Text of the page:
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There is an old development proverb that says “Give a man a fish, you feed him for a day. Teach him to fish, you feed him for a lifetime”.

It’s called capacity building, helping people to be able to help themselves, so that they don’t need our help any more. It is the difference between ‘aid’ and ‘development’. Of course in a disaster situation (earthquake, storm, flood, war) people need feeding. They need it urgently, and there is no way they can do it for themselves. That is humanitarian aid. That is the response we make to the war in Syria, the cyclone in the Philippines. However when the disaster has passed people need to be able to get back on their own feet.

There is another whole layer that needs to be added to the metaphor. Beyond the need for food come multiple other needs, even for the most basic of lifestyles. Medical care. Education for children. The chance to have a stronger, drier house. Clothes, books, tools. The list can go on. The point is that a cash income is needed for all of these.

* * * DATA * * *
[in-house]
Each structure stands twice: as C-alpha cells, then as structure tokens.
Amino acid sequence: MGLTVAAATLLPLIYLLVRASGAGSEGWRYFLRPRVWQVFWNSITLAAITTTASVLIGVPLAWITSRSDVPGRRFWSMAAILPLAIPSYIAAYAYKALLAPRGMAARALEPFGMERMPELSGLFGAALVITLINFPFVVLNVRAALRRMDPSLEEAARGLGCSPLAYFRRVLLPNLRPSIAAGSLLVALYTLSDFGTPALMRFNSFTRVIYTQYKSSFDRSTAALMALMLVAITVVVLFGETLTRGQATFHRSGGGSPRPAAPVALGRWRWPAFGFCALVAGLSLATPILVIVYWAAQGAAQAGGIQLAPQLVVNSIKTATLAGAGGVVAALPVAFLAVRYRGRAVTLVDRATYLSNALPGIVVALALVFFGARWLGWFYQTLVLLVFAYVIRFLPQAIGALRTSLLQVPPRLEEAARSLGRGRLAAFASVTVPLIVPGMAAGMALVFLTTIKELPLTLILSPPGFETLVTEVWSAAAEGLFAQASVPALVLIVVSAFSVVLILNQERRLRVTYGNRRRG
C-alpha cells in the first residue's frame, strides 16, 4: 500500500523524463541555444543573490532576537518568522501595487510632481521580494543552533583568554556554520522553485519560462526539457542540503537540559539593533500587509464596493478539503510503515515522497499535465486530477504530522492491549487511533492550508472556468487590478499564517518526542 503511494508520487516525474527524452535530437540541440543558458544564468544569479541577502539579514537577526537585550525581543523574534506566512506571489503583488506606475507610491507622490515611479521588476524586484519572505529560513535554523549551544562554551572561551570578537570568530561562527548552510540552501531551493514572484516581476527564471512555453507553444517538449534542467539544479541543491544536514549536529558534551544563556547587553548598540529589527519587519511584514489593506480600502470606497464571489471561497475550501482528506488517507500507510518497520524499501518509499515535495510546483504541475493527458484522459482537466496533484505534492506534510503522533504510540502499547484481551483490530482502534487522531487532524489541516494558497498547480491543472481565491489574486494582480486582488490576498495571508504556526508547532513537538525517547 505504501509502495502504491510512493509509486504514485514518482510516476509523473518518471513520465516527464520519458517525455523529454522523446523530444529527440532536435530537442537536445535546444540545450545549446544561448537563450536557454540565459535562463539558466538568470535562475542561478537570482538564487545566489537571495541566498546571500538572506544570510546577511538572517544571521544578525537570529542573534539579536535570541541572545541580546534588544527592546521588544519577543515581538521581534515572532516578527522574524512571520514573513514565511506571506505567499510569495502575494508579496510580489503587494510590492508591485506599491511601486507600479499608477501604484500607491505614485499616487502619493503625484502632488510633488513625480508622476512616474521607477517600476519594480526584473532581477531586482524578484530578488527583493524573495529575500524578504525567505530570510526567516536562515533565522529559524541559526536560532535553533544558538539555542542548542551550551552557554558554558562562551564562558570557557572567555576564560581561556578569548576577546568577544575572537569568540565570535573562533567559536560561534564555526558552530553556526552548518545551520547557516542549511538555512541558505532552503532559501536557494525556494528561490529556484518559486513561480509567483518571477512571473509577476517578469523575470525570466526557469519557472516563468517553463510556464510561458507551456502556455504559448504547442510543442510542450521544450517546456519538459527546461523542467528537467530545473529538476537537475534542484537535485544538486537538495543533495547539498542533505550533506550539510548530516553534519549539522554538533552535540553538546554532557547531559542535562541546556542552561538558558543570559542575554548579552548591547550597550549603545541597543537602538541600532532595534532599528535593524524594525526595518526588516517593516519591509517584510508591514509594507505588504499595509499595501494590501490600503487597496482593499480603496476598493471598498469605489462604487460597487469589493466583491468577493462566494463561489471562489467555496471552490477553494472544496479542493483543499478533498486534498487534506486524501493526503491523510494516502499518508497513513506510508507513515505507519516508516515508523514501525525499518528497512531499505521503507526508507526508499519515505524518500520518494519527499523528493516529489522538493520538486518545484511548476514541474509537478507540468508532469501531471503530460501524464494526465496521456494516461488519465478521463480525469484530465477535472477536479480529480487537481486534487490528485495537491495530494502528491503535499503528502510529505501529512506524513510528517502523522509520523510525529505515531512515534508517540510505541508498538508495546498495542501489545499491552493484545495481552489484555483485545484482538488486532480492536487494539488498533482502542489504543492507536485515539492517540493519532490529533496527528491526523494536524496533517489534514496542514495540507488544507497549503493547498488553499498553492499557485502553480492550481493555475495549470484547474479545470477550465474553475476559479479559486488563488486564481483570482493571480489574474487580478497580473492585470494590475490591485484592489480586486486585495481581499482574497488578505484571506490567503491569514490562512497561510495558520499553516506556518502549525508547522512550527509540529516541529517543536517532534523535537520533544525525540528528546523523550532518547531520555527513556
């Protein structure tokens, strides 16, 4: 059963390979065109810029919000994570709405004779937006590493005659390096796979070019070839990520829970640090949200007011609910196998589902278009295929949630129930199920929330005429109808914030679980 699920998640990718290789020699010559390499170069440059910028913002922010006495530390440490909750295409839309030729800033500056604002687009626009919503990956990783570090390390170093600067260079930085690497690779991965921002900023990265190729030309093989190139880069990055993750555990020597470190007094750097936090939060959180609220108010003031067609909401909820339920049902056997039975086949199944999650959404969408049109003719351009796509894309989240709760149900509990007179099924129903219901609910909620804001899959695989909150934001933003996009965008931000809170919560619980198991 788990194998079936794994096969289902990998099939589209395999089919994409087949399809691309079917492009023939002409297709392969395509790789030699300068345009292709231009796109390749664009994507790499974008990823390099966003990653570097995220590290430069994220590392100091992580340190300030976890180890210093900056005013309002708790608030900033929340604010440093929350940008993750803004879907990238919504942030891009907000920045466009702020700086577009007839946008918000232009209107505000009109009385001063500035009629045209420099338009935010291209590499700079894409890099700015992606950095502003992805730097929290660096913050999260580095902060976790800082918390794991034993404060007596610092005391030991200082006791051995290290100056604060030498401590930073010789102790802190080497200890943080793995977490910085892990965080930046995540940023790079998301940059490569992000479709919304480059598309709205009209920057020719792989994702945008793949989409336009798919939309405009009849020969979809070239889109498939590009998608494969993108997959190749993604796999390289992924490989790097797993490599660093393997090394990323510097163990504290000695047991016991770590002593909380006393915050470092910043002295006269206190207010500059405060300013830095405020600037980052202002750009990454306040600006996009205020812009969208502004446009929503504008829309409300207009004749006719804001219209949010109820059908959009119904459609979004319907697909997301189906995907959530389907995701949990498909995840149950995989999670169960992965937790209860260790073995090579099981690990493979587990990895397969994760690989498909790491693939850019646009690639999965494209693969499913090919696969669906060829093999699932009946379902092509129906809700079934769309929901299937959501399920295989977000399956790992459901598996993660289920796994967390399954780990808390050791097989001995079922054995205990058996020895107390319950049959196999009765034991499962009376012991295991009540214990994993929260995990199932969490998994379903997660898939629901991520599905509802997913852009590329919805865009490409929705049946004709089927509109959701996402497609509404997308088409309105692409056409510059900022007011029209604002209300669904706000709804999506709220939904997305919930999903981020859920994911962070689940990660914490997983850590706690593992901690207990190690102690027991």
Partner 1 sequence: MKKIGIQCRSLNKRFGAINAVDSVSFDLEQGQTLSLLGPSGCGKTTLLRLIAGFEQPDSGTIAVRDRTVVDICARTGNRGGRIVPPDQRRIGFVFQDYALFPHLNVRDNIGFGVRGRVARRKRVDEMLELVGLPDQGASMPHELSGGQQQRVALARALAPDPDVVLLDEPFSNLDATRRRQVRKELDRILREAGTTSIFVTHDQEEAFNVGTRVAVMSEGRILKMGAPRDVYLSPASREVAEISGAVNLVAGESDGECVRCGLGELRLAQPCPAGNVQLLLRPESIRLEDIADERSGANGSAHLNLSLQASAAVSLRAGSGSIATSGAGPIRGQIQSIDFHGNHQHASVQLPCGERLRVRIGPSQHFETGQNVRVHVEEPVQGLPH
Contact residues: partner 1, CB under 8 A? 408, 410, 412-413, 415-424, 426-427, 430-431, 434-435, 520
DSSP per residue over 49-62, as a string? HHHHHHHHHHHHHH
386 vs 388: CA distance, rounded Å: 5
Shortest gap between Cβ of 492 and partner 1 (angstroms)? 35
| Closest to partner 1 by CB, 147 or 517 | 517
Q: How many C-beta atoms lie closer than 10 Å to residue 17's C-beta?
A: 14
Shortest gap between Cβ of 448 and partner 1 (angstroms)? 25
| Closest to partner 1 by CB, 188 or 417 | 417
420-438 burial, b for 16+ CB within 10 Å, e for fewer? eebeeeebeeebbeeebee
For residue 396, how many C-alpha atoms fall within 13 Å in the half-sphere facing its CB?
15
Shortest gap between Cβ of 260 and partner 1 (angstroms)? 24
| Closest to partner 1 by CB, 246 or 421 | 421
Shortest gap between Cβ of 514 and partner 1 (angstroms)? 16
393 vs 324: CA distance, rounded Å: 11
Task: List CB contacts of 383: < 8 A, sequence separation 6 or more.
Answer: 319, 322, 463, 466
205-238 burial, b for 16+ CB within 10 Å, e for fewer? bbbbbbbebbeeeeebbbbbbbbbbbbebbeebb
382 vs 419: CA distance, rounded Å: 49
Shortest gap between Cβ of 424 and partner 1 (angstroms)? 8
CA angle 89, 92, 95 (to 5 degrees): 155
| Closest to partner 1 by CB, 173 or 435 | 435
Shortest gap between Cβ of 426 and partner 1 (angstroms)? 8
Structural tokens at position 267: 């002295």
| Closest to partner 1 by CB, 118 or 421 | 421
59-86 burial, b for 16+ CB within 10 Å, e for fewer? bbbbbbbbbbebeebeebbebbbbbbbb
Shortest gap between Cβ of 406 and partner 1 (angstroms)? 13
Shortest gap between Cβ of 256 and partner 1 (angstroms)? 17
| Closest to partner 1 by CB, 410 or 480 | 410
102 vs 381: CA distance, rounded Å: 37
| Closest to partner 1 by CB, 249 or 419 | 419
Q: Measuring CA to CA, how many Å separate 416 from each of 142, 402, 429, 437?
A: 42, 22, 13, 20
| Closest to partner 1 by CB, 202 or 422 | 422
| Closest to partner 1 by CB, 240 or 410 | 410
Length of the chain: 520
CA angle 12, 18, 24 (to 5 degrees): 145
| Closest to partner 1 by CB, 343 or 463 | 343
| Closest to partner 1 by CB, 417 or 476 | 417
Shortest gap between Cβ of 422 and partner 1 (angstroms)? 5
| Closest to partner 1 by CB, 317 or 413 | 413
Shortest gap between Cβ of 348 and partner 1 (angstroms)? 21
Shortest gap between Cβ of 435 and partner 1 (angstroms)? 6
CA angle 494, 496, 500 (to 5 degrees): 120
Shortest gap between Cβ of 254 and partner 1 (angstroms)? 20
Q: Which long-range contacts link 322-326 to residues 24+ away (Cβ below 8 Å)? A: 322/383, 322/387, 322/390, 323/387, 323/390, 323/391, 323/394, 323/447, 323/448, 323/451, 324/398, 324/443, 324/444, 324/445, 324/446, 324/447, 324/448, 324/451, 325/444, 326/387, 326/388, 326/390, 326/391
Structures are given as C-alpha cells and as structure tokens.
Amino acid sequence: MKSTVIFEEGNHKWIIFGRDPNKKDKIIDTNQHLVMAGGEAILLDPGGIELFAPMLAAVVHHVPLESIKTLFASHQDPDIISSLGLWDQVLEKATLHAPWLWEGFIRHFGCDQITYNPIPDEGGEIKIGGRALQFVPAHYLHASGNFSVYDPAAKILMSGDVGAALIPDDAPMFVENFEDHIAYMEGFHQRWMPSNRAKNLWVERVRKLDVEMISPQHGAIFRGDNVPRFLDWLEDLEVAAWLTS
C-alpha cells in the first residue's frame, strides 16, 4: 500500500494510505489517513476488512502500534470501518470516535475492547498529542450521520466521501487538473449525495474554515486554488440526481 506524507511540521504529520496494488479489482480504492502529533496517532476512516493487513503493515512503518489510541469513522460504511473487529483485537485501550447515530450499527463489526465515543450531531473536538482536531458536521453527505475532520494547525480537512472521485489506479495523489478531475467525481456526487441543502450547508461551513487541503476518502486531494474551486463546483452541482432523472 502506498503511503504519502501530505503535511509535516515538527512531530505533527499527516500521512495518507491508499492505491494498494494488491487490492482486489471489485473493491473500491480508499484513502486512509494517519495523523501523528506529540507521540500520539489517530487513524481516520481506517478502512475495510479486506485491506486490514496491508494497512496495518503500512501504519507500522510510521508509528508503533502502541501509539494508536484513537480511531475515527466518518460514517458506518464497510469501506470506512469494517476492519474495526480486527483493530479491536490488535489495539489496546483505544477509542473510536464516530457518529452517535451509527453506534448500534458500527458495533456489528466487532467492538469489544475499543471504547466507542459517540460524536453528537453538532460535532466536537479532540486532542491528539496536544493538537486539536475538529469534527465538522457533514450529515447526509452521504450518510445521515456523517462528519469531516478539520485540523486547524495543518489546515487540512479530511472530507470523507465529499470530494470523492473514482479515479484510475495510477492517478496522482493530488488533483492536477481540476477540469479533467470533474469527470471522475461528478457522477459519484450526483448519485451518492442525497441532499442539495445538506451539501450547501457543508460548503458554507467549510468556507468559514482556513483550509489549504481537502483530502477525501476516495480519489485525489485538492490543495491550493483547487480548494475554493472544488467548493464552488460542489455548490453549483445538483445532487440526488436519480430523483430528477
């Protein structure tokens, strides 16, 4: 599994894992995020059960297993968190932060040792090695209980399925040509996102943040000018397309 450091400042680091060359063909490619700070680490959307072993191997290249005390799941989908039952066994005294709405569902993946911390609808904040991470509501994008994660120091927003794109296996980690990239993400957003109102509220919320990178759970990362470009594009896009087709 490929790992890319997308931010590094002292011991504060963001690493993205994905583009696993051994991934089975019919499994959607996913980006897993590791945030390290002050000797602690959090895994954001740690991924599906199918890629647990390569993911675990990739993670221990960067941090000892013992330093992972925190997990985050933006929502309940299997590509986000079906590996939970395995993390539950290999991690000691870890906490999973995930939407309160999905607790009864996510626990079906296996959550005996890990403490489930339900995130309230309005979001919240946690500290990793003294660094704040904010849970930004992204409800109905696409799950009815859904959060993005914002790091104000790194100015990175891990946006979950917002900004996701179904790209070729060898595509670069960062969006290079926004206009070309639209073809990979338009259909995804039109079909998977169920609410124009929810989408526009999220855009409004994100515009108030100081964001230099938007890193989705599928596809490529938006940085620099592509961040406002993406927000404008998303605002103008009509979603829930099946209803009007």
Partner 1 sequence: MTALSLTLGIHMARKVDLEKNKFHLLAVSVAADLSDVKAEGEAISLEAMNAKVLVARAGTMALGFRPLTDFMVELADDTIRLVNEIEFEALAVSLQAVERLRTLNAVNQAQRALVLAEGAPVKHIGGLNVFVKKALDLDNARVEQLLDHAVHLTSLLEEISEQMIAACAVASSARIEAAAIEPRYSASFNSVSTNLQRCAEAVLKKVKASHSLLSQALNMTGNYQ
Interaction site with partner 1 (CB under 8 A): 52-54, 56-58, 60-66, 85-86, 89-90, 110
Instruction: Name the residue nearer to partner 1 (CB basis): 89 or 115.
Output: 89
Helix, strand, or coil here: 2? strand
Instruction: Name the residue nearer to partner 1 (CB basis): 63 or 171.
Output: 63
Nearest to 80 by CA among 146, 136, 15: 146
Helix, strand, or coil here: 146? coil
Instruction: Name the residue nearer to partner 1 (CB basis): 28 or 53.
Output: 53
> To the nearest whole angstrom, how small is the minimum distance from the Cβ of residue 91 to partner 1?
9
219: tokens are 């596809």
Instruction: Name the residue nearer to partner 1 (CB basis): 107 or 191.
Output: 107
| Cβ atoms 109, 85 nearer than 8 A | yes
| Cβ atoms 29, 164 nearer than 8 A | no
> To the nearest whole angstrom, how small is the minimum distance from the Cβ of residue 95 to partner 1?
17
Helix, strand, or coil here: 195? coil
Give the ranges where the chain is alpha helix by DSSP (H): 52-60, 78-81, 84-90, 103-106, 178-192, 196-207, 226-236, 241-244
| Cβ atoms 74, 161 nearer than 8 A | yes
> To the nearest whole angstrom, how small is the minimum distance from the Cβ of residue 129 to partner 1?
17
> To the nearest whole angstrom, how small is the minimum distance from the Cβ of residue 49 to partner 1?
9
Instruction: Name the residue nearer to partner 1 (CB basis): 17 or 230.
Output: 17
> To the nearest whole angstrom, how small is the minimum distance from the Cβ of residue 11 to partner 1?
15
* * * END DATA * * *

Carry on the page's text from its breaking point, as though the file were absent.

The next step beyond subsistence is economic development, teaching our ‘man’ to farm the fish, and have a surplus to sell, so that he can have an income to pay for medical care, education, a corrugated iron roof, safe water supply, hygienic toilet, etcetera. Actually, experience tells us that it works better for the whole community if you teach the woman, not the man, but that is another article!

Microfinance is the first step in economic development. These are the micro loans that can set a family up with an income generating activity that can transform their lives. Again, experience shows that not everyone can manage their own business, while others have the ability to grow a business into something that will give their neighbours work as well.Banzaid's Chandpur TCDC project has done a lot of work with village savings groups to enable them to set up micro-businesses.

The next step up is the SME (small to medium enterprise). Development that builds small to medium size businesses based in and targeting poor communities will give families employment that will not just feed them, but will enable them to get medical care, education and all the rest.

Business based development is an exciting approach with potential to transform communities. Through Marketplacers, NZBMS has well established businesses working for local communities. Banzaid has also been working on business based development. Our projects include the Solar Lighting project in Bangladesh (in partnership with Dimensions Ltd, a Marketplacers company) and the BU Kofi Company Ltd in partnership with the Baptist Union of Papua New Guinea.

Written by Paul Thompson

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